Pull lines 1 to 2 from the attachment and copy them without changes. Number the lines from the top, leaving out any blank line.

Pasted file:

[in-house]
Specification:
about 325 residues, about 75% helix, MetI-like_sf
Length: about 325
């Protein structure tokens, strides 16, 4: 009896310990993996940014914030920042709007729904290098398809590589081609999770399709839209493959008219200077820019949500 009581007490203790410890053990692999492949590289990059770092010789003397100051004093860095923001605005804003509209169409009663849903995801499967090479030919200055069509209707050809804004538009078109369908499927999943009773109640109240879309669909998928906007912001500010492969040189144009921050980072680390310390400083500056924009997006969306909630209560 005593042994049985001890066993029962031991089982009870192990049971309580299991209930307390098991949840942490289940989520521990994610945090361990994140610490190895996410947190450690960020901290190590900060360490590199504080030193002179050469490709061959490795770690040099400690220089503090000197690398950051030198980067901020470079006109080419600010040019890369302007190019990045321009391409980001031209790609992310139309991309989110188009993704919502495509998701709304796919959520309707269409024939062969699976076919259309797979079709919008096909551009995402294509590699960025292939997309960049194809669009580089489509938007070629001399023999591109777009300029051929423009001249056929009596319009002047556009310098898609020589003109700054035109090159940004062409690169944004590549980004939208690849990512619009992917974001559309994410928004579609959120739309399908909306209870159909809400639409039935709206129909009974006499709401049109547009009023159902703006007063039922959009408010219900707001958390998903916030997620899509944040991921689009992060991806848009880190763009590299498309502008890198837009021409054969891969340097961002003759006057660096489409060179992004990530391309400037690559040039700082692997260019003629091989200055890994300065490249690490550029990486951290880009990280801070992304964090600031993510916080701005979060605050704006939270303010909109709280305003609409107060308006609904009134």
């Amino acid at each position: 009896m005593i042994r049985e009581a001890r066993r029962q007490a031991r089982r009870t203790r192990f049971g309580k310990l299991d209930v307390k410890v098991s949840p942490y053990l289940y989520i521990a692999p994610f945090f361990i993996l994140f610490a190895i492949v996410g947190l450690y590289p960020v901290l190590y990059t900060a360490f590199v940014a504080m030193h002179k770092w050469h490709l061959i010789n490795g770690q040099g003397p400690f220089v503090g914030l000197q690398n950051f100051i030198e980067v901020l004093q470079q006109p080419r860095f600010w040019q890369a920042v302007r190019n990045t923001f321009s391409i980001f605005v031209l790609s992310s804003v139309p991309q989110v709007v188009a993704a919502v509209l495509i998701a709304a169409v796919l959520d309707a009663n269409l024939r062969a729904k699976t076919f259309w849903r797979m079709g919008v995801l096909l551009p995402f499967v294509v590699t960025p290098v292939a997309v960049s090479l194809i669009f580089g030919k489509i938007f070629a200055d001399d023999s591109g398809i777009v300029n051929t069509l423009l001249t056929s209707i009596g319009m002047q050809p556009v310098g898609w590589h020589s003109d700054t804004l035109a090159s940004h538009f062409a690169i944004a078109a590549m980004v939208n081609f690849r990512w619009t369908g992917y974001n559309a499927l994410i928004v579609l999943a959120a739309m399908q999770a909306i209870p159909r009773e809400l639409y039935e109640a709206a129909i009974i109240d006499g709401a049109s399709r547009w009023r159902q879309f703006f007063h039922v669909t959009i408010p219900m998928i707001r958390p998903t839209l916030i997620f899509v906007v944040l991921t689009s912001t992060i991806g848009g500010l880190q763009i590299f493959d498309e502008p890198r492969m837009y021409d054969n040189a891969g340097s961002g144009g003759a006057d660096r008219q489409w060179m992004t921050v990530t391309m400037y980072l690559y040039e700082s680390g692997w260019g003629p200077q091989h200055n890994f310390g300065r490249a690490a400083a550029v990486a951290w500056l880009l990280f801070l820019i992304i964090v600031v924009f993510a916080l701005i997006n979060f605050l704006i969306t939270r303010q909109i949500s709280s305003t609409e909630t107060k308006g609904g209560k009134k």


[in-house]
Specification: